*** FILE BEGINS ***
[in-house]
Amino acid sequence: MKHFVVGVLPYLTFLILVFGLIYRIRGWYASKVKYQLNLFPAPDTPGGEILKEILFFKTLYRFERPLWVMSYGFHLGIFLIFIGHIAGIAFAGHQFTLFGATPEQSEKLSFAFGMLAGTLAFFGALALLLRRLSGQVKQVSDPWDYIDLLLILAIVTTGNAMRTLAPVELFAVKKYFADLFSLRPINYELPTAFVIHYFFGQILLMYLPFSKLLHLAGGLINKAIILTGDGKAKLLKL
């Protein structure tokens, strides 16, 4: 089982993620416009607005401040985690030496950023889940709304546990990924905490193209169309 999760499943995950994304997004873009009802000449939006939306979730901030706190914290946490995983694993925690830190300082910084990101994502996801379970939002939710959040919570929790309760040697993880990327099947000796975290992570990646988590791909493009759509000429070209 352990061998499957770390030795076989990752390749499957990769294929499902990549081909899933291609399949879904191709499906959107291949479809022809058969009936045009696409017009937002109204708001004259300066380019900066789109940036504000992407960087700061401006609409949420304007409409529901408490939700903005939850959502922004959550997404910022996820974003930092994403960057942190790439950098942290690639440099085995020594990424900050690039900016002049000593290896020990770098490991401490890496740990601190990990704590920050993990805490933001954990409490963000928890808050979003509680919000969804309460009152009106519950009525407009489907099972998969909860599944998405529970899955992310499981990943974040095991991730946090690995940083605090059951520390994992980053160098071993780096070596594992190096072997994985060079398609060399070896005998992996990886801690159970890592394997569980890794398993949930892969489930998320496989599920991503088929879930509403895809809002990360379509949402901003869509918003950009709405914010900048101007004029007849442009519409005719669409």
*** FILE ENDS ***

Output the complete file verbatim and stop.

[in-house]
Amino acid sequence: MKHFVVGVLPYLTFLILVFGLIYRIRGWYASKVKYQLNLFPAPDTPGGEILKEILFFKTLYRFERPLWVMSYGFHLGIFLIFIGHIAGIAFAGHQFTLFGATPEQSEKLSFAFGMLAGTLAFFGALALLLRRLSGQVKQVSDPWDYIDLLLILAIVTTGNAMRTLAPVELFAVKKYFADLFSLRPINYELPTAFVIHYFFGQILLMYLPFSKLLHLAGGLINKAIILTGDGKAKLLKL
């Protein structure tokens, strides 16, 4: 089982993620416009607005401040985690030496950023889940709304546990990924905490193209169309 999760499943995950994304997004873009009802000449939006939306979730901030706190914290946490995983694993925690830190300082910084990101994502996801379970939002939710959040919570929790309760040697993880990327099947000796975290992570990646988590791909493009759509000429070209 352990061998499957770390030795076989990752390749499957990769294929499902990549081909899933291609399949879904191709499906959107291949479809022809058969009936045009696409017009937002109204708001004259300066380019900066789109940036504000992407960087700061401006609409949420304007409409529901408490939700903005939850959502922004959550997404910022996820974003930092994403960057942190790439950098942290690639440099085995020594990424900050690039900016002049000593290896020990770098490991401490890496740990601190990990704590920050993990805490933001954990409490963000928890808050979003509680919000969804309460009152009106519950009525407009489907099972998969909860599944998405529970899955992310499981990943974040095991991730946090690995940083605090059951520390994992980053160098071993780096070596594992190096072997994985060079398609060399070896005998992996990886801690159970890592394997569980890794398993949930892969489930998320496989599920991503088929879930509403895809809002990360379509949402901003869509918003950009709405914010900048101007004029007849442009519409005719669409």